Thousands Missing Out on Govt Assistance
Monday, 31st May 2010 at 2:03 pm
Thousands of Australians, including carers and the recently bereaved, are missing out on assistance worth $623 million because the government does not actively promote awareness of such entitlements, according to a report by The Australia Institute.
A new analysis by The Australia Institute, called Missing out: Unclaimed government assistance and concession benefits, reveals that across just four Centrelink payments – Parenting Payment, Carer Allowance, Disability Support Pension and Bereavement Allowance – more than 168,000 Australians are likely to be missing out on government assistance they are entitled to.
The report says Centrelink’s guide to payments states: ‘It is your responsibility to decide if you wish to apply for a payment and to make the application, having regard to your particular circumstances.’
Complex paperwork and eligibility criteria are also identified as factors in missing out on support, while one-in-four concession card holders said they avoid using their cards due to feelings of stigmatisation.
Research Fellow David Baker says while there is information about the scourge of welfare fraud and the government cracking down on ‘cheats’, there is little about what it is doing to find those people missing out on assistance they are entitled to.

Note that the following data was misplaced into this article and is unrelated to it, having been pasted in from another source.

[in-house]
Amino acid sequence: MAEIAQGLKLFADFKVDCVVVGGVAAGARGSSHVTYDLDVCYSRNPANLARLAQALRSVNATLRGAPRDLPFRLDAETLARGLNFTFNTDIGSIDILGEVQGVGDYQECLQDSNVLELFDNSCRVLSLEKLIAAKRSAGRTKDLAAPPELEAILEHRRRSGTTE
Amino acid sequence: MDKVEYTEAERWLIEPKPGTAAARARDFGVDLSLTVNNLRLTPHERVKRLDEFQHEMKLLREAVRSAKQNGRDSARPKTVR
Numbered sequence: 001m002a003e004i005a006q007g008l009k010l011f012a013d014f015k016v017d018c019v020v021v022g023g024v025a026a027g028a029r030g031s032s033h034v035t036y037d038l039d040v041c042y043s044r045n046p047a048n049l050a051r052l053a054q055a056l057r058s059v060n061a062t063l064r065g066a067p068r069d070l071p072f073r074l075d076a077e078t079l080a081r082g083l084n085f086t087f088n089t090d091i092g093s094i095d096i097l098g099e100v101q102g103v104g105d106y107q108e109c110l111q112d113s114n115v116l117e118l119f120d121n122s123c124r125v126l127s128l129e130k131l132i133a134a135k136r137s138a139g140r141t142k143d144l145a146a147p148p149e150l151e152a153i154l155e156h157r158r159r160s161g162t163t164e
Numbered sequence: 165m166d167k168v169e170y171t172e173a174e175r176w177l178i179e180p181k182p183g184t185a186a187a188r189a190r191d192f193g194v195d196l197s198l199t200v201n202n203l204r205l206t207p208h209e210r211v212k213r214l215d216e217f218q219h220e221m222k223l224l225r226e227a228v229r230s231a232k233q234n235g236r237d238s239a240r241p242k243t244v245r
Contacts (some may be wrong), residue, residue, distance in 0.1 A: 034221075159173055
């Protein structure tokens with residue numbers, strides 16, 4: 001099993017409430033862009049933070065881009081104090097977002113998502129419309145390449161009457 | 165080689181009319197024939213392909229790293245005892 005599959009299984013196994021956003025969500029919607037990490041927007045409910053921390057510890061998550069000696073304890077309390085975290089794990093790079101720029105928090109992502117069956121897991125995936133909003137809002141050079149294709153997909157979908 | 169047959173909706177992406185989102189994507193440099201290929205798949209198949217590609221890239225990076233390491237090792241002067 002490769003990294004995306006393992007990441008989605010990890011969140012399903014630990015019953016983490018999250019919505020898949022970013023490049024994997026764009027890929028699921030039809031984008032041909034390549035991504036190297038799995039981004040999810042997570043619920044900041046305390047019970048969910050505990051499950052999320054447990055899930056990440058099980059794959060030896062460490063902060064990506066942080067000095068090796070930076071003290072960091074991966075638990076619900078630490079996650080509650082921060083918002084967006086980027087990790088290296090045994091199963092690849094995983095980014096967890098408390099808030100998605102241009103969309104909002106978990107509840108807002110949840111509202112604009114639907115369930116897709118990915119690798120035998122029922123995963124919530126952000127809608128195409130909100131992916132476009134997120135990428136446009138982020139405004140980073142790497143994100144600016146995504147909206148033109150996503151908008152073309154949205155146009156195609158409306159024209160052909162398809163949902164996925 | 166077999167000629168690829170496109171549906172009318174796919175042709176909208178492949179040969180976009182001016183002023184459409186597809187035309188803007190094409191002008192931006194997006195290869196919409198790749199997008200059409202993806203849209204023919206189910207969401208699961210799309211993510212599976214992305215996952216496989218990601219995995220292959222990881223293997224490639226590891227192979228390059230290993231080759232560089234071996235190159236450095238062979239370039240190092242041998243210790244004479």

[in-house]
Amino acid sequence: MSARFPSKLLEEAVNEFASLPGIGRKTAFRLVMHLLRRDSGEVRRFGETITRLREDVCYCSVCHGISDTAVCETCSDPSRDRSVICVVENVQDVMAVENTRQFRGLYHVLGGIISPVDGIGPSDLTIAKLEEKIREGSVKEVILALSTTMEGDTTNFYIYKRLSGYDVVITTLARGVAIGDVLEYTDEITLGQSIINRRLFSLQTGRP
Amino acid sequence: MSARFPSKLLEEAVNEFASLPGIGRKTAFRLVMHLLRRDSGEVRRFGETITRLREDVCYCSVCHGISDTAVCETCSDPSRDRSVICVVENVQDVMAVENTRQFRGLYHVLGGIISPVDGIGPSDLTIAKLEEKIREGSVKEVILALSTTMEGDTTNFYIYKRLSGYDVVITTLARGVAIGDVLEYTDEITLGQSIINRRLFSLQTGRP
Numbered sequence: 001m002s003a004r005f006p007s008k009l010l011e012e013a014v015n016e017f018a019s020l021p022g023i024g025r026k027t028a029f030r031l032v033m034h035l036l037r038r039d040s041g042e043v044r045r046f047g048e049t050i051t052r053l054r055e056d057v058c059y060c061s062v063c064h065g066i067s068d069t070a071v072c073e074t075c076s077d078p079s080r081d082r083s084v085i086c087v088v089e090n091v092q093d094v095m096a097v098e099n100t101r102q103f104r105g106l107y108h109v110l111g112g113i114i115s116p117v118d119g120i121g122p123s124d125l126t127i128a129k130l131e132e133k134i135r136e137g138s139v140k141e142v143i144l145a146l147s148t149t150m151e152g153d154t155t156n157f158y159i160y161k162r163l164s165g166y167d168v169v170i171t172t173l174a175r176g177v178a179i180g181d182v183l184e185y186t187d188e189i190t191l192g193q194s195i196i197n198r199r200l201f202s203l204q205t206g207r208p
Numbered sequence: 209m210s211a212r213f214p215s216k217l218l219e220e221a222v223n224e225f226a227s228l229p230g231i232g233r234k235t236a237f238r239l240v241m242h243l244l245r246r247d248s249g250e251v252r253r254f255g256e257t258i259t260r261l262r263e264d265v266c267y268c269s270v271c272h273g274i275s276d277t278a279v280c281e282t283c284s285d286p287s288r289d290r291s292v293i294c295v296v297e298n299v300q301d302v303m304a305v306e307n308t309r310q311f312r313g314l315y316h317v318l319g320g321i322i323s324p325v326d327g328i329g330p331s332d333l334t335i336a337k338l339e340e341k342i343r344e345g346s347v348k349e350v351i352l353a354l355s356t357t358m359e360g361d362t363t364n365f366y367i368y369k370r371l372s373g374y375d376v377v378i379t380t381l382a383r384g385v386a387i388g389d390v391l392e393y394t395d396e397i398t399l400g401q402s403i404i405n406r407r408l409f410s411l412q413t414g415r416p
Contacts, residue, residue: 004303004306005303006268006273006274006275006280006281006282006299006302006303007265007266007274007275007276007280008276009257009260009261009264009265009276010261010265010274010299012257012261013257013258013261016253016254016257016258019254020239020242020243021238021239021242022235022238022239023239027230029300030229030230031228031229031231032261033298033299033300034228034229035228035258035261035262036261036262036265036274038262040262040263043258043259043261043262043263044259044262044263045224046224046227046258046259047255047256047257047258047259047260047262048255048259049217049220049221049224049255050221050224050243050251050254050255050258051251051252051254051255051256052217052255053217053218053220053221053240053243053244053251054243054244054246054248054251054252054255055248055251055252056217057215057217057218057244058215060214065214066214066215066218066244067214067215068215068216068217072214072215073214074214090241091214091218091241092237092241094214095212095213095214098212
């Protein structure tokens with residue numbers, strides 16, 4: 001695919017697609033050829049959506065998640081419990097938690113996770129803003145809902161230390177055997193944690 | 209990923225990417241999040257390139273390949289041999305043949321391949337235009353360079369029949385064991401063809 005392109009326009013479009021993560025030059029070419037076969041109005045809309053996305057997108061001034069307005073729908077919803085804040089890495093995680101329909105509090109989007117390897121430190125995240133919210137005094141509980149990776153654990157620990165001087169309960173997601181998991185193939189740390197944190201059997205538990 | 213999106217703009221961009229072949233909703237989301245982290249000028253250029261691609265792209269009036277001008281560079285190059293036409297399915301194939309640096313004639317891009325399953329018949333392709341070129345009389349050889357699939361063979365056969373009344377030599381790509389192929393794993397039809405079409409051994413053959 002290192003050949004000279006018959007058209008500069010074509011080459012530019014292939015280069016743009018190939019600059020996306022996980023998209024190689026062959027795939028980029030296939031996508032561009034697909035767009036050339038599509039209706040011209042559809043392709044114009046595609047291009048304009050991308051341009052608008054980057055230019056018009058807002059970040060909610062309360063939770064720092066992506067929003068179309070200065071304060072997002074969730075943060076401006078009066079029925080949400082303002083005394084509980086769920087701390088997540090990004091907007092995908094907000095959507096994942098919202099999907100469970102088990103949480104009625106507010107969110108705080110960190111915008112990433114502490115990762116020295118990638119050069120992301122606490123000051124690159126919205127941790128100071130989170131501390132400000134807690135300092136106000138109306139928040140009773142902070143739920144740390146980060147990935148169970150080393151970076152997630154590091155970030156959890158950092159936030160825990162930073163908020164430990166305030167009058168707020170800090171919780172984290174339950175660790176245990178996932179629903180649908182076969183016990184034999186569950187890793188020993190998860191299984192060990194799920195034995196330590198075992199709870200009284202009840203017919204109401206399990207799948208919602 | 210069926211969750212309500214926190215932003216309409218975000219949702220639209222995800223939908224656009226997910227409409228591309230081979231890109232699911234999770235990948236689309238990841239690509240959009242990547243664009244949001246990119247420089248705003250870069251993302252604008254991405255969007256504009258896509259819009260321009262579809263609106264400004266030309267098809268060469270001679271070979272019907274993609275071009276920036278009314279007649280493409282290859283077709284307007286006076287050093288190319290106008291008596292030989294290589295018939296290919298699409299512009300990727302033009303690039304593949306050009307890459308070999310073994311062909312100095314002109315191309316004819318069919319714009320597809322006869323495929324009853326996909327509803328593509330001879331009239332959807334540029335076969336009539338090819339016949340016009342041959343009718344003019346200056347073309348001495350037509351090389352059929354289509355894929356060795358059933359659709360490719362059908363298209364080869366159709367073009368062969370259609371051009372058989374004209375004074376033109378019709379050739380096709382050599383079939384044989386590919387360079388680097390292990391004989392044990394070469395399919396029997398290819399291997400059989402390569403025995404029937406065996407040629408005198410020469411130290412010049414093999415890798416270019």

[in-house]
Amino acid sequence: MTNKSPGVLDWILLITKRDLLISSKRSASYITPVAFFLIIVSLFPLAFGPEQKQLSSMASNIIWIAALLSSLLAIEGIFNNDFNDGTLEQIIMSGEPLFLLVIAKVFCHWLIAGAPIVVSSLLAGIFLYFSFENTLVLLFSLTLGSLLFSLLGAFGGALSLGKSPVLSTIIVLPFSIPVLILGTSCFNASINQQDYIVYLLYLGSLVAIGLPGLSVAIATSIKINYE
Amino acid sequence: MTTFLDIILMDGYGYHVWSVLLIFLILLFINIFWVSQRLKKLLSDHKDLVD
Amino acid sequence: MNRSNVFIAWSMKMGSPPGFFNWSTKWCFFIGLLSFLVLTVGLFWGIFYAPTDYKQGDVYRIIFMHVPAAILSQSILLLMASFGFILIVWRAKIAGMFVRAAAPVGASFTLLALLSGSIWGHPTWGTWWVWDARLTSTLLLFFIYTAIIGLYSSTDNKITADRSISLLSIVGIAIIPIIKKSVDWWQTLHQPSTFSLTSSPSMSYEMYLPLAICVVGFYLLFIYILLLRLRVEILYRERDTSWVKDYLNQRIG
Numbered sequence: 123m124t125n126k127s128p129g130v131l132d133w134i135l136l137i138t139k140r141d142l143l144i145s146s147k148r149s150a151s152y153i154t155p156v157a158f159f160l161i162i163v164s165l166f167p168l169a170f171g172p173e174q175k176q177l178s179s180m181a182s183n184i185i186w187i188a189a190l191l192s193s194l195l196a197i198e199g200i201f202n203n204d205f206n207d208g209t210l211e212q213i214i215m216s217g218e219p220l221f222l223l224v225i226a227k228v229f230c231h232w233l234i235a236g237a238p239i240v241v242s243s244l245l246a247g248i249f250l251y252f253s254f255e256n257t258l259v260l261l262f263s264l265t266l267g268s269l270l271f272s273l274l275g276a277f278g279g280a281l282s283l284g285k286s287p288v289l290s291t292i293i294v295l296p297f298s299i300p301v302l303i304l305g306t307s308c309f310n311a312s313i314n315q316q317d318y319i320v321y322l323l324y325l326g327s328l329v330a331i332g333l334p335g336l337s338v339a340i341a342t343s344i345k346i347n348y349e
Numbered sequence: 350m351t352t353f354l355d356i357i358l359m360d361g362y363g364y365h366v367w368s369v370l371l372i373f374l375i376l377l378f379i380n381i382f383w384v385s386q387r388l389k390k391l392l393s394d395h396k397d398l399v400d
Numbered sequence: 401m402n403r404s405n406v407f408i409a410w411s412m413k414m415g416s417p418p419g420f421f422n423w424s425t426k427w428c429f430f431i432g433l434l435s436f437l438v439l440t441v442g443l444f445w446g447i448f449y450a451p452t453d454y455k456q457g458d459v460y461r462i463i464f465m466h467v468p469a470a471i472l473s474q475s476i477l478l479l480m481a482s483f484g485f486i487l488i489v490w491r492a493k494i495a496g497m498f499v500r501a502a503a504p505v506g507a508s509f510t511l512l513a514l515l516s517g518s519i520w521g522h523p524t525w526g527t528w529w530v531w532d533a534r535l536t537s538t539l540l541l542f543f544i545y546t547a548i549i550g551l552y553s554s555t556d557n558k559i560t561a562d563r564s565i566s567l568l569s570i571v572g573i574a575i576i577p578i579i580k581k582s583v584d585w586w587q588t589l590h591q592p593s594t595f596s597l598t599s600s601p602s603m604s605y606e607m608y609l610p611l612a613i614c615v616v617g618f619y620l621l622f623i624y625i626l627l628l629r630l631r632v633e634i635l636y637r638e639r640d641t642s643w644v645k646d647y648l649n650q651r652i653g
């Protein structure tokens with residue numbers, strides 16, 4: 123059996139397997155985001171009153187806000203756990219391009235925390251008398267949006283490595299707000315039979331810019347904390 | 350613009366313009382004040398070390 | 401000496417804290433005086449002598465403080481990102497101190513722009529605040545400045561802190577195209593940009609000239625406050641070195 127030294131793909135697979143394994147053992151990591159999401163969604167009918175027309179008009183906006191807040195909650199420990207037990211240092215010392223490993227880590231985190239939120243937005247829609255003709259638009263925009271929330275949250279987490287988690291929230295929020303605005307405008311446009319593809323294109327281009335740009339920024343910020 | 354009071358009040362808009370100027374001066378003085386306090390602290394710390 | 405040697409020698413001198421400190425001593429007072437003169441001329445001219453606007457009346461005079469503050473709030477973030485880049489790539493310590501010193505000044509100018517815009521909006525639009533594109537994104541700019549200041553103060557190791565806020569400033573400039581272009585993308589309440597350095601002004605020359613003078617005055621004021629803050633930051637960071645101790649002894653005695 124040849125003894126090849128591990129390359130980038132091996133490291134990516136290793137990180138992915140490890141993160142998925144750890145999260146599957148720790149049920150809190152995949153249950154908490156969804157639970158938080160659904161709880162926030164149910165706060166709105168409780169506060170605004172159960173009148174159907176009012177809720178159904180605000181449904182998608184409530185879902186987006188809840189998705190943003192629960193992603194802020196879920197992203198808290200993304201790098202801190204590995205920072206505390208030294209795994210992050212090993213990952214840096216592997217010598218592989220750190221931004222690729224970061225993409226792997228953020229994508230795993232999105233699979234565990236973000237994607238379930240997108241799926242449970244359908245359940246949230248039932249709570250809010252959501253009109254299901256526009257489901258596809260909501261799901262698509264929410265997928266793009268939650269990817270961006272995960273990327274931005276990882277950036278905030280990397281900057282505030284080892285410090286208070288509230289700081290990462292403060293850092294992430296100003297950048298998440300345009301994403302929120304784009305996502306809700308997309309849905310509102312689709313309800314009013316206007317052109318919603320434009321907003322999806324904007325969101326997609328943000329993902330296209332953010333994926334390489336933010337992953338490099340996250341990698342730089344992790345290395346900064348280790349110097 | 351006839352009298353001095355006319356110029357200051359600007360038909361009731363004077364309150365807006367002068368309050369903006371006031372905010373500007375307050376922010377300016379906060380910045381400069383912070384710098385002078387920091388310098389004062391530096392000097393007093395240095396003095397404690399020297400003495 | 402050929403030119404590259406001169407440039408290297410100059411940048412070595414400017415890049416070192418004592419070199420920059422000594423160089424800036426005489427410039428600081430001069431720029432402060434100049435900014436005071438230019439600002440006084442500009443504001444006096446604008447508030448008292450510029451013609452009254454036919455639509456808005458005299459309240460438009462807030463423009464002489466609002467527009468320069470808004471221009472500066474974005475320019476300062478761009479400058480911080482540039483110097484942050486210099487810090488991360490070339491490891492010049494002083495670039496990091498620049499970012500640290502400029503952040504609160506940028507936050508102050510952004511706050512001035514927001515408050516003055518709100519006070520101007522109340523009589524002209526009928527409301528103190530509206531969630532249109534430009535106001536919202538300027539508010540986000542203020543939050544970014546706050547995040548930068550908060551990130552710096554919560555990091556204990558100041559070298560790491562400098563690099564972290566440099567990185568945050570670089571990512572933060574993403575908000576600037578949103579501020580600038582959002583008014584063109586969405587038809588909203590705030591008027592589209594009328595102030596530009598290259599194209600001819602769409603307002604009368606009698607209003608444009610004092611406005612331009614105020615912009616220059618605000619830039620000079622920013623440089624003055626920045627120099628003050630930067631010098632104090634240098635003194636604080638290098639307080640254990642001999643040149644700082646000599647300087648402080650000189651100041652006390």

Baker says that in 2004 the government reported that approximately 1.3 million Australians, the equivalent of one-in-twenty, were missing out on some form of government support. Yet, he says in the six years since this estimate was published there have been no significant policies announced or implemented to systematically identify these people.
The paper recommends: establishing an Entitlements Commission; simplifying benefits and reporting; outsourcing the task of matching people with Centrelink; and applying Centrelink’s existing data-matching ability to identify those who are eligible but missing out.
Welcoming The Australia Institute’s report, UnitingCare Australia’s National Director, Susan Helyar says it’s time for the Government to put a broom through its complex social support payments systems to ensure the right people are getting enough support when they need it.
Helyar supports the call for an entitlements commission that will take decisions about the adequacy of support payments out of the political arena and base decisions on the kind of careful analysis that The Australia Institute and others have provided.
The Australia Institute is a Canberra-based think tank that conducts research on economic, social and environmental issues. The Institute is funded by memberships, donations from philanthropic trusts and individuals, and commissioned research.
The paper can be downloaded at https://www.tai.org.au/index.php?q=node/19&pubid=760&act=display